As is often the case, the wrong lesson was learned, and the solution was more guns and more militarization of society: after the Virginia Tech massacre in 2007: a new pro-gun student group was formed, calling for the arming of as many students as possible. The group is called Students for Concealed Carry on Campus, and today it claims over 40,000 members on over 363 campuses. Likewise in 1991 after the Killeen shootings, the state of Texas responded by enacting a law freeing up gun owners to carry concealed weapons. It was President Bush who signed the law as TX governor in 1995 — and it was also Bush in 2008 who signed the first federal gun control law in 13 years after the Virginia Tech massacre.
So Hasan, whose parents came to the US from Palestine, had plenty of personal connections to “Made in the USA” violence and massacres; and yet there’s a frantic attempt to make him out to be a crazy Muslim monster hell-bent on killing Americans. Why would he need to take inspiration just from them, when Americans already provided so many excellent examples of how to mass-murder fellow Americans?
Fort Hood, the largest military base in America, has seen its share of violence as well. For one thing, it holds the record for most soldiers killed in Iraq and Afghanistan — 685 so far — and though we don’t know the figures, it’s reasonable to assume that Fort Hood is responsible for a sizable percentage of the tens or hundreds of thousands killed in those countries since America invaded them. Over the same period, 75 soldiers have committed suicide at Fort Hood, ten in 2009 alone — the highest of any base. In just one weekend in 2005, two soldiers who’d returned from Iraq killed themselves in separate incidents. Last year, in something right out of Full Metal Jacket, Specialist Jody Michael Wirawan, 21, of the 1st Cavalry Division, shot and killed his lieutenant, then killed himself when police arrived. And life in Killeen isn’t much nicer: it has one of the nation’s lowest median incomes and highest crime rates. Earlier this year, a 20-year-old Fort Hood soldier was killed by a Killeen cop who claimed he killed the soldier after being dragged underneath his SUV; the dead soldier’s mother filed a lawsuit claiming that the cop was notoriously out-of-control and violent, and that he shot her son while the car was pulled over.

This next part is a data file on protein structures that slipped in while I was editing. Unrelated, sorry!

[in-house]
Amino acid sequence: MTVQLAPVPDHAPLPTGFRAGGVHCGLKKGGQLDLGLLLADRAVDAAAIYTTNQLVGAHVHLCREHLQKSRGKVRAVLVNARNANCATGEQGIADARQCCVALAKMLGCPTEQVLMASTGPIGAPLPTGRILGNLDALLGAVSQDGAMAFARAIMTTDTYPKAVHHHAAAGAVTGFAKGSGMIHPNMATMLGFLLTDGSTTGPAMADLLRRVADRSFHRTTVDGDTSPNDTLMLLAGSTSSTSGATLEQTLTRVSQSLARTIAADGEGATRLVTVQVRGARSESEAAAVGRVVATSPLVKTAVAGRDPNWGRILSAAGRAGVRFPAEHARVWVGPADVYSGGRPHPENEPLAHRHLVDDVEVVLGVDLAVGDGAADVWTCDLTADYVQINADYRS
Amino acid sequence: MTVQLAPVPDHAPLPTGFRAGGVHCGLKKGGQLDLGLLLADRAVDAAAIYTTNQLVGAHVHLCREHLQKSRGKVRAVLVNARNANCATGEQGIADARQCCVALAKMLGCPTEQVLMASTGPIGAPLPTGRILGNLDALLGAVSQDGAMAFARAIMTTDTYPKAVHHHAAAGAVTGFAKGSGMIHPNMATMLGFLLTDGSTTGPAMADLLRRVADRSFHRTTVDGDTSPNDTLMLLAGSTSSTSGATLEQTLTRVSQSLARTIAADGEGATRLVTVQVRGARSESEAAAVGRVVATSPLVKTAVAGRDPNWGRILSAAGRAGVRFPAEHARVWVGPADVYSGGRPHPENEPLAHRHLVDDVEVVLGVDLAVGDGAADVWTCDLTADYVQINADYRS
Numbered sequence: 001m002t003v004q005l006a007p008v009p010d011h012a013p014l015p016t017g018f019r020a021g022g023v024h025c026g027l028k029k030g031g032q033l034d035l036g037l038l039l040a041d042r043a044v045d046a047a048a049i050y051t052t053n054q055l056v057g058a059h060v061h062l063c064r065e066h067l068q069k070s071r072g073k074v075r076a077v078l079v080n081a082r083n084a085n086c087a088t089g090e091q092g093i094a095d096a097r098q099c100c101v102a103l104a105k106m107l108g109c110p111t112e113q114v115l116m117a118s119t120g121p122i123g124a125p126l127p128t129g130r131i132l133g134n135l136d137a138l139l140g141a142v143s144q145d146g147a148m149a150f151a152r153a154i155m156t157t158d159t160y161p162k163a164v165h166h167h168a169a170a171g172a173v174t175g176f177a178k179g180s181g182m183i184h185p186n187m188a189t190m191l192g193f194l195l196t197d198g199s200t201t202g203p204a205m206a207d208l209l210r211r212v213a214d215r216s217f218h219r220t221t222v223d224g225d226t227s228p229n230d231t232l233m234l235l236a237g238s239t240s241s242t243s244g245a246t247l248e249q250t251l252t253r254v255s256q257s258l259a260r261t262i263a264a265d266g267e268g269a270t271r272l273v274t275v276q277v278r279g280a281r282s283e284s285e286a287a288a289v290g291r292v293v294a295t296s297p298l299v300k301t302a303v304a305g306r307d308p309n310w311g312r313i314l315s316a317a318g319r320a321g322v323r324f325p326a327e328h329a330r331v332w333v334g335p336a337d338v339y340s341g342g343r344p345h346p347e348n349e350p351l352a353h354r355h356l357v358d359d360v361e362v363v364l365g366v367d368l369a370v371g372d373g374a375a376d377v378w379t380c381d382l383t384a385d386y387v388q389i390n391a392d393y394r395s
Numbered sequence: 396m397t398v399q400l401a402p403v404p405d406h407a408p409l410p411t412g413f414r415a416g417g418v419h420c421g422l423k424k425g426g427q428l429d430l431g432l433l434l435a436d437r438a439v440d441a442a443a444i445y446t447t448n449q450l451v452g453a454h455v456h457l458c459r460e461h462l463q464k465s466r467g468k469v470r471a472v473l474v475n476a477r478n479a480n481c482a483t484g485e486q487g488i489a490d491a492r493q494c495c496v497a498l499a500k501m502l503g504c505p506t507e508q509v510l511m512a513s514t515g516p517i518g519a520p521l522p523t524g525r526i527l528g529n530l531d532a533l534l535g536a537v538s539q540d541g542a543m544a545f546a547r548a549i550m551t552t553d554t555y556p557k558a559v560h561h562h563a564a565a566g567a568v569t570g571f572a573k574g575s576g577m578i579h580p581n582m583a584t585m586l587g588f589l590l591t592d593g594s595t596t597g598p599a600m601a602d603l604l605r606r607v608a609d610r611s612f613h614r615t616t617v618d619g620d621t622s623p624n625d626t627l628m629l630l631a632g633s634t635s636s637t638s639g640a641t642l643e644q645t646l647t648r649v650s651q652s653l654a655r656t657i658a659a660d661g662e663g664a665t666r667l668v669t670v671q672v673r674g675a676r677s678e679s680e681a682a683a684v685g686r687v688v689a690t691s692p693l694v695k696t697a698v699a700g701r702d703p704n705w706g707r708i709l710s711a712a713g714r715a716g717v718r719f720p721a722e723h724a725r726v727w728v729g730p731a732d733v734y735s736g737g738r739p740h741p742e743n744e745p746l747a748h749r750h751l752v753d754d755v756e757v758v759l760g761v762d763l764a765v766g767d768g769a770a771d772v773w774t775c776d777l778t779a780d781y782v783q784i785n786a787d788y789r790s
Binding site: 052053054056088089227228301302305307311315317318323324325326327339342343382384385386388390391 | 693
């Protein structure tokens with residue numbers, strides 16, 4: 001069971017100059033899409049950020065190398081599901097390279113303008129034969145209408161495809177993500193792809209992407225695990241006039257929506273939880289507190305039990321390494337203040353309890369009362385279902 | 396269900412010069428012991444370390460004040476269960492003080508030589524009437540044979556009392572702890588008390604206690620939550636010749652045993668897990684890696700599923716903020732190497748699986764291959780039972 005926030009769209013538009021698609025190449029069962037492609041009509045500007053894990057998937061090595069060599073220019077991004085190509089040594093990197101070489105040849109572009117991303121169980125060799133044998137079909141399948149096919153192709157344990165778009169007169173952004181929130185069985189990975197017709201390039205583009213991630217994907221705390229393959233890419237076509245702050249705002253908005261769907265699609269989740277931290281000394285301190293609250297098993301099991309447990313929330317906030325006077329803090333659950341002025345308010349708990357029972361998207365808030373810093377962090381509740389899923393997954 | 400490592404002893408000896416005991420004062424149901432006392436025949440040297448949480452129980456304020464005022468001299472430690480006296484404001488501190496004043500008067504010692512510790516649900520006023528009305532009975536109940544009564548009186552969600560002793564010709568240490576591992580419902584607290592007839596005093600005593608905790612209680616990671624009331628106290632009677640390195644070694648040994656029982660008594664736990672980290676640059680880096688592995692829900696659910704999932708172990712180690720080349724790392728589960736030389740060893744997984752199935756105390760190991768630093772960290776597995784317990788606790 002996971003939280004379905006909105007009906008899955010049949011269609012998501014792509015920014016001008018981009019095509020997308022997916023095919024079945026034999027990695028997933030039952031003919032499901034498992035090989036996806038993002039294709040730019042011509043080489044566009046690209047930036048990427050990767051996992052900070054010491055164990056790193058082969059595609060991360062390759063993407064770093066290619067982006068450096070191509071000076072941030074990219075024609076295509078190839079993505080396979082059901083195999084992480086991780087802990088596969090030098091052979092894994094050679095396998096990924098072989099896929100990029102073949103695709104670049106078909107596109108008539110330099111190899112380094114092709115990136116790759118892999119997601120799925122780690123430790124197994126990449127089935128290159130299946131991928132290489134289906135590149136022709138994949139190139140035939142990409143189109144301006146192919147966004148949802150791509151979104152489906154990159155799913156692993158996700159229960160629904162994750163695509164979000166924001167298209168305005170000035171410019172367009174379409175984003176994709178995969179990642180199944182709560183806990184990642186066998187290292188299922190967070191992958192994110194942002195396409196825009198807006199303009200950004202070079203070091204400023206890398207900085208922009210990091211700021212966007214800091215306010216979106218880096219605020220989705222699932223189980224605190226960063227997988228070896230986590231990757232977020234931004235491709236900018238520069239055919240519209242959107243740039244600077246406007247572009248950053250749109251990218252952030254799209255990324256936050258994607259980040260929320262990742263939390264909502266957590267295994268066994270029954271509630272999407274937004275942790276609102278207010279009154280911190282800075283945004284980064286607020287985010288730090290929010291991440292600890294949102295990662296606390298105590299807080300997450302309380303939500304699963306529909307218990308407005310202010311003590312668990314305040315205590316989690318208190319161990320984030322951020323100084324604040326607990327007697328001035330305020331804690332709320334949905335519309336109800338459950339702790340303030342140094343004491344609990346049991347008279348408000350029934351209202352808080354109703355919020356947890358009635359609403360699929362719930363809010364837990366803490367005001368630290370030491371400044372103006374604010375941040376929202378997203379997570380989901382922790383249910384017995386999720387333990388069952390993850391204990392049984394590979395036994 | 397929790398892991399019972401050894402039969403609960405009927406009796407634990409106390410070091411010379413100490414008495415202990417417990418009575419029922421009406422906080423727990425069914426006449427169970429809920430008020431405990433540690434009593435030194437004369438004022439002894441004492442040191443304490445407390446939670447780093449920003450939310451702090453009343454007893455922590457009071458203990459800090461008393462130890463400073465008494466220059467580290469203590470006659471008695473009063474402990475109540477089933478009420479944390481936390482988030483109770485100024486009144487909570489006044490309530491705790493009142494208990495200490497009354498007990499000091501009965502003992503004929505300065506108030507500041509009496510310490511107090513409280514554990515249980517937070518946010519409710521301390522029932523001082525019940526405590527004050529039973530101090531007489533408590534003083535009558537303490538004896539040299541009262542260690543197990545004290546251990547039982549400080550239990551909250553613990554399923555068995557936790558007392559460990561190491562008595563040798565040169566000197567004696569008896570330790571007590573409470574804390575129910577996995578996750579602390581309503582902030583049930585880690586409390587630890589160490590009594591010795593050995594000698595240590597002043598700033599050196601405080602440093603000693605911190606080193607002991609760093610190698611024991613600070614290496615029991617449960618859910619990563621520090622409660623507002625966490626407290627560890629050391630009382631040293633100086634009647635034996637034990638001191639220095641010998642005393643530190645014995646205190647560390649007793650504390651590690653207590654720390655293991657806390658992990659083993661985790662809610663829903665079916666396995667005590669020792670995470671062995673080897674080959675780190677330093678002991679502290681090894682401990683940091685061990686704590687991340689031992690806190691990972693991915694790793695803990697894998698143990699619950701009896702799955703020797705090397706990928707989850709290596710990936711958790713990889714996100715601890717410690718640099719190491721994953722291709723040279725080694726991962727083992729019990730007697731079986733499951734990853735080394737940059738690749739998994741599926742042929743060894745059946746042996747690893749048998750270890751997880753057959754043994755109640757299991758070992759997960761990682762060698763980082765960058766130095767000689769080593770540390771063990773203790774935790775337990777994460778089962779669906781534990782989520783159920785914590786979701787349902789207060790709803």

All of this violence and despair led Fort Hood’s commander, Lt. General Rick Lynch, to build a post-traumatic stress disorder complex called the Resiliency Campus, featuring a Spiritual Fitness Center for soldiers to meditate, and a Cognitive Enhancement Assistance Center. As though a spiritual fitness workout routine could resolve the underlying cause of why a Resiliency Campus was built in the first place.
if the government really were concerned about all the suicides and PTSD cases, they could have prevented Mj. Hasan’s murder-suicide mission before it happened. It would have been easy: Hasan had pleaded with his superiors not to be sent to Iraq, where he was scheduled to be deployed, but his requests were denied. RIght-wing bloggers like Michelle Malkin and some mainstream outlets have seized on reports emerging that Hasan supposedly voiced opinions sympathetic to suicide bombers. But if he was an Al Qaeda sleeper-cell suicide bomber himself, it makes no sense why he’d a) argue with fellow soldiers that the wars are wrong and we should withdraw; and b) that he tried to get out of being deployed to Iraq. The 9/11 terrorists did their best to “blend in” and pretend like they were as American as apple pie, because the point is not to draw any attention to yourself if you’re a terrorist planning to suicide bomb a military base. Moreover, the timing of his shooting, the day before he was to be sent off, shows that his desperation had reached the limit. What this suggests is that the massacre could have been avoided if Maj. Hasan’s objections were taken into account.
Maj. Hasan’s opposition to the Iraq and Afghanistan wars puts him where the majority of Americans are today. And he’s not the first soldier at Fort Hood to protest the war. Desertion rates have soared since the Iraq invasion, and Fort Hood has had some high-profile objectors making the news this year, such as Spc. Victor Agosto, who was court-martialed in August after he refused to go to Afghanistan, and Sgt. Travis Bishop, who filed for conscientious objector status after serving in Iraq for 14 months.
Going back to Vietnam War, Fort Hood was famous as the site of one of the first anti-war protests in 1965, when the so-called “Fort Hood 3” refused to be shipped off on the grounds that the war was wrong and illegal. Three years later, the movement expanded: hundreds of African-American GIs protested plans to deploy them to the 1968 Democratic Convention in Chicago, and 43 were court-martialed. It was a heroic act: US troops and cops staged one of the bloodiest police-on-citizen episodes in modern history. In 1971, the Fort Hood United Front, made up of soldiers from the base, marched into Killeen, even though the city refused to grant them a permit; hundreds were arrested.
Today, if you read through some of the forums out of Fort Hood, the antiwar mood is clearly strong and clearly a problem for the authorities. So they’ll do their best to paint Maj. Hasan as a Muslim loon. The rightwing has been trying for years now to equate opposition to the wars with pro-terrorist, anti-American sentiment, and by the poll numbers today, that would make most Americans anti-American terrorists.
You can already see the dark, rank heart of the American Soul in anonymous messages posted on underground right-wing sites like Free Republic, a few of which are posted below: